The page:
After an exhausting 24-hour period of coding and planning, the young participants surprised the judges with their solution-oriented applications. Gareth Morgan, the City’s Executive Director for Future Planning and Resilience, noted that a number of presentations demonstrated a good understanding of how Artificial Intelligence (AI) could improve digital public participation platforms. There was a notable focus on developing cost-effective, user-friendly software, both offline and online, capable of efficiently retrieving information on projects, tenders, and job opportunities.

The hackathon saw the participation of seven teams, each of which showcased their Most Viable Products (MVPs) on Friday, 17 May 2024, to a four-member judging panel. This panel included Bridgette Morris, the Innovation and Customer Insights Manager from the City, HSRC’s Senior Research Manager Dr Paul Plantinga, UVU Africa’s Head of IT Chesarae Pillay, and the City’s Digital Communications Manager, Justin Lawrence.

Cape Town’s inaugural Innovation Hackathon was an absolute festivity of innovation, invention, and civic participation. It underscored how cities can harness the power of technology and the talents of their young citizens to improve public services, thereby enhancing the overall quality of life for their residents. As the city anticipates future iterations of the hackathon, one thing is unquestionable: the prospect of transforming public service through technology is vast and thrilling.

1. What was Cape Town’s first Innovation Hackathon?

Cape Town’s first Innovation Hackathon was an event organized by the city’s Innovation and Customer Insights team in May 2024. The event aimed to develop an “E-Public Participation Platform” to make public services more accessible to city residents.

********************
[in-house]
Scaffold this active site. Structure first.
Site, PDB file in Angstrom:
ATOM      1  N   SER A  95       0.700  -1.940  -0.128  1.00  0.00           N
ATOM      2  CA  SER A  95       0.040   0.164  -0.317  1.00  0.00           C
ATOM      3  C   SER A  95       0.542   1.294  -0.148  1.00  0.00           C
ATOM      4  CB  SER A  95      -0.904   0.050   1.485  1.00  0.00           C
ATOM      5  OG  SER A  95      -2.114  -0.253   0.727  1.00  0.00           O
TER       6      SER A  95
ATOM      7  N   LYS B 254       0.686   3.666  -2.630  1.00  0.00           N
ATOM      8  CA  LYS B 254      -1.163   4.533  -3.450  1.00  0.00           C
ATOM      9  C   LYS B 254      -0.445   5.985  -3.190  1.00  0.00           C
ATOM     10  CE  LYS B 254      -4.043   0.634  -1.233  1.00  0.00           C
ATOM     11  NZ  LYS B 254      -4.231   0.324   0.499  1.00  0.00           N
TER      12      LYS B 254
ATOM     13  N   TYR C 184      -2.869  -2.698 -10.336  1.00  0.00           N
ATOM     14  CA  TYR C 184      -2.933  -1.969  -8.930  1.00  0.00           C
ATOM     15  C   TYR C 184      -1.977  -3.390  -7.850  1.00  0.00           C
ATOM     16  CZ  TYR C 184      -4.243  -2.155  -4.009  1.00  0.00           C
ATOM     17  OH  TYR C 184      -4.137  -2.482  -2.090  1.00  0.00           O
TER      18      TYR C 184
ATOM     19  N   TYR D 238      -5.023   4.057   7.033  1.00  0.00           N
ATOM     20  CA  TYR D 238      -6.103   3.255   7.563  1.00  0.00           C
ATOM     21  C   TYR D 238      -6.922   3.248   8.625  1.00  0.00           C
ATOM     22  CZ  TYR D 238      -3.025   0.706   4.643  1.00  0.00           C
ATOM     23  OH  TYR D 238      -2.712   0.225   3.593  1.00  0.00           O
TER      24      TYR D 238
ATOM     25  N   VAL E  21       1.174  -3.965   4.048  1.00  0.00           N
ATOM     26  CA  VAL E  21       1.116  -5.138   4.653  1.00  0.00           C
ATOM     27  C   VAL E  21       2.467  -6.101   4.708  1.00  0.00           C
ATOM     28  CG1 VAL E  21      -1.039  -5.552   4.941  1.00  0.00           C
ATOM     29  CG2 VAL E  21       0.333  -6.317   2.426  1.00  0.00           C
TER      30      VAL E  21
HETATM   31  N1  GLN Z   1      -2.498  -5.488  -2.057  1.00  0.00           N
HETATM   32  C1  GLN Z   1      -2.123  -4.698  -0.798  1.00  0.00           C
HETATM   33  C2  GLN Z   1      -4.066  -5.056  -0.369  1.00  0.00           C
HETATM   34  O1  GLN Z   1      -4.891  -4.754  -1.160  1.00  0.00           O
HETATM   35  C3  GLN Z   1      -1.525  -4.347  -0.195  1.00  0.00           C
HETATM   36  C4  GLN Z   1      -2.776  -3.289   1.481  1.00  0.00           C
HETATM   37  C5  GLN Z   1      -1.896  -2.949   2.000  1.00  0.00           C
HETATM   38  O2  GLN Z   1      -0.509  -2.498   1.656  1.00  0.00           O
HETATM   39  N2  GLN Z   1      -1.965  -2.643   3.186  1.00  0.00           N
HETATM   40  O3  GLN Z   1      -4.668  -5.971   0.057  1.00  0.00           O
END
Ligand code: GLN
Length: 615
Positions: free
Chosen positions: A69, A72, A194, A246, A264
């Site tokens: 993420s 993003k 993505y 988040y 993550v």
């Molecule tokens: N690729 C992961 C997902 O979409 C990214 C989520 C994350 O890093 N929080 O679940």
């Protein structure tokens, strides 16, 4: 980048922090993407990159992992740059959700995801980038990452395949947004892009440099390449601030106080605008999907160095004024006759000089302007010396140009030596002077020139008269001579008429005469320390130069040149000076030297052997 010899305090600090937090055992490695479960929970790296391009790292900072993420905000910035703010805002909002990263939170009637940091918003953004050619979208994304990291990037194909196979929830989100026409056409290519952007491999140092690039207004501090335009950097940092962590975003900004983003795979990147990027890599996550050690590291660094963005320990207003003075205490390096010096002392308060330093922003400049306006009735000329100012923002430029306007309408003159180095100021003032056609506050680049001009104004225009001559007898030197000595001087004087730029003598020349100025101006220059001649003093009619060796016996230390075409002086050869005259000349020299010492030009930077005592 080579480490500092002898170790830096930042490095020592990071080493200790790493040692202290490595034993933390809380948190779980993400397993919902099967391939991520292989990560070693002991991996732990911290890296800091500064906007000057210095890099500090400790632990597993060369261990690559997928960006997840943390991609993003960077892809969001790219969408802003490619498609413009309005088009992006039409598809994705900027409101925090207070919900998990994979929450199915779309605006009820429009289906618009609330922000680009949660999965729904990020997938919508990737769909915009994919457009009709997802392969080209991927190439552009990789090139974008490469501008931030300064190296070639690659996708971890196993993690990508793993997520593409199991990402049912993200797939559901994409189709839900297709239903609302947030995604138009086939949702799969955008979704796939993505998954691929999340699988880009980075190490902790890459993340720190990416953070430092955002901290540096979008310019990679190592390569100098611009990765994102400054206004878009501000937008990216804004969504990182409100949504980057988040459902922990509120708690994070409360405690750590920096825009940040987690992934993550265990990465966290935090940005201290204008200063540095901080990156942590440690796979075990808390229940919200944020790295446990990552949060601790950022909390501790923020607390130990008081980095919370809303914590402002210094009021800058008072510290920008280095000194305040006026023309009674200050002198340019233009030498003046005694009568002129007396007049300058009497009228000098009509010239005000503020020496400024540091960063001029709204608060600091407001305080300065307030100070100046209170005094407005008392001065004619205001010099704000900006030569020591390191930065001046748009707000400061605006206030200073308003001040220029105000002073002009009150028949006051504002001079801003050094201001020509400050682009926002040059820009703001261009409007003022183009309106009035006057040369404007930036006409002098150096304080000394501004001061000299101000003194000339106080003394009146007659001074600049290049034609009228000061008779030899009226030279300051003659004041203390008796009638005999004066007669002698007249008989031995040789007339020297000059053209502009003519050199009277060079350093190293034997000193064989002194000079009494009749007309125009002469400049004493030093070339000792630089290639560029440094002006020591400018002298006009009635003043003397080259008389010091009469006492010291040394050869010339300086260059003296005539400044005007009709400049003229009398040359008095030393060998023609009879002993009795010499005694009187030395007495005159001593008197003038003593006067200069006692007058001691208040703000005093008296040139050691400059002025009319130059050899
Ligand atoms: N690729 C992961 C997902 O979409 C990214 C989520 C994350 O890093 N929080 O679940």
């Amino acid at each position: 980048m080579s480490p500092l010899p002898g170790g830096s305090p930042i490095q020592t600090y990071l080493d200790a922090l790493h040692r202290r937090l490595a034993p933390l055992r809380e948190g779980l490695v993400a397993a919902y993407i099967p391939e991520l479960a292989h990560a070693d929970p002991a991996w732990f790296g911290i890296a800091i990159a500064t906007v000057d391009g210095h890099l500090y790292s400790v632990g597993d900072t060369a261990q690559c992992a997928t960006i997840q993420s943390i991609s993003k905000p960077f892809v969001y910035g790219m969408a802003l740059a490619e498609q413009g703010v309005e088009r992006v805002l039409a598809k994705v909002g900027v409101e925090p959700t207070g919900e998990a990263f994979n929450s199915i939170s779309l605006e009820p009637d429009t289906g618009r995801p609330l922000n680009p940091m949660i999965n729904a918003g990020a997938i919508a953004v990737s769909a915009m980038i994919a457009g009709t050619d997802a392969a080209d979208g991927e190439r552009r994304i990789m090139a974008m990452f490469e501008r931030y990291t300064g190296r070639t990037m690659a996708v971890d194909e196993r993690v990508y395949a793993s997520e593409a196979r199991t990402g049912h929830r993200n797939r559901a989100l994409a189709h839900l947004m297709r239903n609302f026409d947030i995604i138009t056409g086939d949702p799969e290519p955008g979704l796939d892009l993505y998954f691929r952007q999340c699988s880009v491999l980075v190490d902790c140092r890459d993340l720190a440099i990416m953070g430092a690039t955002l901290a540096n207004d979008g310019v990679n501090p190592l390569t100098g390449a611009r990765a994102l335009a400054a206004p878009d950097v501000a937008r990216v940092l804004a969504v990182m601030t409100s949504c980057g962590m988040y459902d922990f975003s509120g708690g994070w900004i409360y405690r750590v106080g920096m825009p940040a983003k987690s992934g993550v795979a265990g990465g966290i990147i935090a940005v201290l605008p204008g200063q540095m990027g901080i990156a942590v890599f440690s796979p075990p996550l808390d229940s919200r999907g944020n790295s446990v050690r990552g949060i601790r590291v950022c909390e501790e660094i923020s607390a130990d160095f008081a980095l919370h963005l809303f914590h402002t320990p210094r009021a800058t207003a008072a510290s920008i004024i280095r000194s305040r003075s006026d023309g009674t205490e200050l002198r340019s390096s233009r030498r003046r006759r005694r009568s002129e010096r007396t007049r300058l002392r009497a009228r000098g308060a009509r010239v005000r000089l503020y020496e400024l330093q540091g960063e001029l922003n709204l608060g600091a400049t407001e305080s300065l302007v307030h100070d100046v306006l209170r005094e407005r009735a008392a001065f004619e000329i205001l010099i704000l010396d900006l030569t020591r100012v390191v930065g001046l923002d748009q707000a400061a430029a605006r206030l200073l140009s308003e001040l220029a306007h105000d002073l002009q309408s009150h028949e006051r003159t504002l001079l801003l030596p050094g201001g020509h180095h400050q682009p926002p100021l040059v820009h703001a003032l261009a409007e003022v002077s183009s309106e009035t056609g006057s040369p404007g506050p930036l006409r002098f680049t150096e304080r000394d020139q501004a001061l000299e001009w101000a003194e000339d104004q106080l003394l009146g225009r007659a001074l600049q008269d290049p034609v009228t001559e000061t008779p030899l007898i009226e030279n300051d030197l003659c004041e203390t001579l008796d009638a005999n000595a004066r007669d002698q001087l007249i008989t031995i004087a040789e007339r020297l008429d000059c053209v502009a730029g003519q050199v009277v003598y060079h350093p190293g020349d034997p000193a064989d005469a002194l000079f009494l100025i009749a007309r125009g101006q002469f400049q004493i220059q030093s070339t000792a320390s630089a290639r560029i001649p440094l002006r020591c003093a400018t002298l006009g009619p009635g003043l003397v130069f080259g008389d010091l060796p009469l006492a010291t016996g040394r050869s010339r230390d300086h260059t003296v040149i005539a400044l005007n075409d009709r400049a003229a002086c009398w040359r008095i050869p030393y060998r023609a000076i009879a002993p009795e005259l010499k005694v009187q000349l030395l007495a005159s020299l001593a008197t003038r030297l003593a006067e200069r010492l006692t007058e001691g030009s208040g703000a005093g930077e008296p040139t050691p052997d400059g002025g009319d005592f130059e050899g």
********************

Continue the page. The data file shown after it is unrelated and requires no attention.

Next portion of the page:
2. What was the winning team’s concept?

The winning team, Oceans Five, created a user-friendly web-based application called Citi Builder. This application facilitates job searches for city residents and provides updates on City projects. The tool primarily targets job-seekers, positioning the City’s platform as a premier resource for those in search of employment.

3. How did the hackathon highlight local talent and bridge the digital gap?

The hackathon showcased the dedication of UVU Africa and CAPACITI to fostering local talent and bridging the digital gap. The event emphasized the skills and innovative thought processes of young participants from various backgrounds. The knowledge gained from the hackathon will profoundly impact the future design of public participation tools in the city and nationwide.

4. What were the participants’ solutions and future implications?

The participants surprised the judges with their solution-oriented applications, focusing on developing cost-effective, user-friendly software capable of efficiently retrieving information on projects, tenders, and job opportunities. The hackathon underscored how cities can harness the power of technology and young citizens to improve public services, enhancing the overall quality of life for residents.

5. Who were the judges for the hackathon?

The four-member judging panel for the hackathon included Bridgette Morris, the Innovation and Customer Insights Manager from the City, HSRC’s Senior Research Manager Dr Paul Plantinga, UVU Africa’s Head of IT Chesarae Pillay, and the City’s Digital Communications Manager, Justin Lawrence.

6. What is the future of public service delivery in Cape Town?

The inaugural Innovation Hackathon in Cape Town highlighted the vast and thrilling prospect of transforming public service through technology. The event showcased exceptional skills and forward-looking insights, and the city anticipates future iterations of the hackathon to further enhance public services.